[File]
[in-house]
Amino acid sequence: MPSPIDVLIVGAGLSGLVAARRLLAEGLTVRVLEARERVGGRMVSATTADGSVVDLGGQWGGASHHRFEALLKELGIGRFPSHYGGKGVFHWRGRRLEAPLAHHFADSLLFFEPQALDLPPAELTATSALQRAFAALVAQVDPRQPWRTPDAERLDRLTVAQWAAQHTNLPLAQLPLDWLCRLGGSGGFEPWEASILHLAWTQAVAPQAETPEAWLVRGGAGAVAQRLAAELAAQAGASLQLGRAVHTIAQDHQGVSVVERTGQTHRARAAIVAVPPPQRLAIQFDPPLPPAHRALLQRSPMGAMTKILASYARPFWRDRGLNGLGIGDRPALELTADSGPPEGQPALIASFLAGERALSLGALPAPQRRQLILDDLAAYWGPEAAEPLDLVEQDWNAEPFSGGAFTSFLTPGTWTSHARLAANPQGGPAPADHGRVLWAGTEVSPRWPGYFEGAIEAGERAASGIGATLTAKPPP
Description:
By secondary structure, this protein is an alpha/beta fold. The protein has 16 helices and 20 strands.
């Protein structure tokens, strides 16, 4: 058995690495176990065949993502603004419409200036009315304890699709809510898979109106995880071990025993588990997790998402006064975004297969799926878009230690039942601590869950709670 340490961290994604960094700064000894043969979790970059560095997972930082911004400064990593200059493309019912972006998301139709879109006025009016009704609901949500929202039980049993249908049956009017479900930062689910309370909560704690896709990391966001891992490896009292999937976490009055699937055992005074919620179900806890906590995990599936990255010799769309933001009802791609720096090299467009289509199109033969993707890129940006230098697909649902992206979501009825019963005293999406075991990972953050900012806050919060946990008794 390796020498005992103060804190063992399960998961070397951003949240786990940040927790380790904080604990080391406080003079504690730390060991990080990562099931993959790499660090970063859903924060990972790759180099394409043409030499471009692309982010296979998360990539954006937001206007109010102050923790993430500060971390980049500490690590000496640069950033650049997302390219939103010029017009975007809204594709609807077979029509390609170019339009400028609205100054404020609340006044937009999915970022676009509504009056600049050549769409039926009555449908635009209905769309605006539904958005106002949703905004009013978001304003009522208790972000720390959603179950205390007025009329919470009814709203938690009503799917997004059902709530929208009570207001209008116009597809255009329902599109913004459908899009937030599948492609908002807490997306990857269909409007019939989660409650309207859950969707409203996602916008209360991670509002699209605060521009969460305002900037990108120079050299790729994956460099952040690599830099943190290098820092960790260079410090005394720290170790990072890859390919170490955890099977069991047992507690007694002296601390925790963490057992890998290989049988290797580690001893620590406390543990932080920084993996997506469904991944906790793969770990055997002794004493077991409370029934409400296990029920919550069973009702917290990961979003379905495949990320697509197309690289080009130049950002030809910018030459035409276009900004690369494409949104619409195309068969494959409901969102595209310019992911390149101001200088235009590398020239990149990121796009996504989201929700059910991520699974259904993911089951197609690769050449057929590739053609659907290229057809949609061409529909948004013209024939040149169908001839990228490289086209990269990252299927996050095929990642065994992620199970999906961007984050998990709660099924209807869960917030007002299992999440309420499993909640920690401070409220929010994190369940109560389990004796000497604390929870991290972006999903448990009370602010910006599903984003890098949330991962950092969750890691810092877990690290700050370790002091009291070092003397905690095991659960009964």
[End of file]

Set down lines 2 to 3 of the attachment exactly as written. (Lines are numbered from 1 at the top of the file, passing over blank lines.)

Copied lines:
Amino acid sequence: MPSPIDVLIVGAGLSGLVAARRLLAEGLTVRVLEARERVGGRMVSATTADGSVVDLGGQWGGASHHRFEALLKELGIGRFPSHYGGKGVFHWRGRRLEAPLAHHFADSLLFFEPQALDLPPAELTATSALQRAFAALVAQVDPRQPWRTPDAERLDRLTVAQWAAQHTNLPLAQLPLDWLCRLGGSGGFEPWEASILHLAWTQAVAPQAETPEAWLVRGGAGAVAQRLAAELAAQAGASLQLGRAVHTIAQDHQGVSVVERTGQTHRARAAIVAVPPPQRLAIQFDPPLPPAHRALLQRSPMGAMTKILASYARPFWRDRGLNGLGIGDRPALELTADSGPPEGQPALIASFLAGERALSLGALPAPQRRQLILDDLAAYWGPEAAEPLDLVEQDWNAEPFSGGAFTSFLTPGTWTSHARLAANPQGGPAPADHGRVLWAGTEVSPRWPGYFEGAIEAGERAASGIGATLTAKPPP
Description: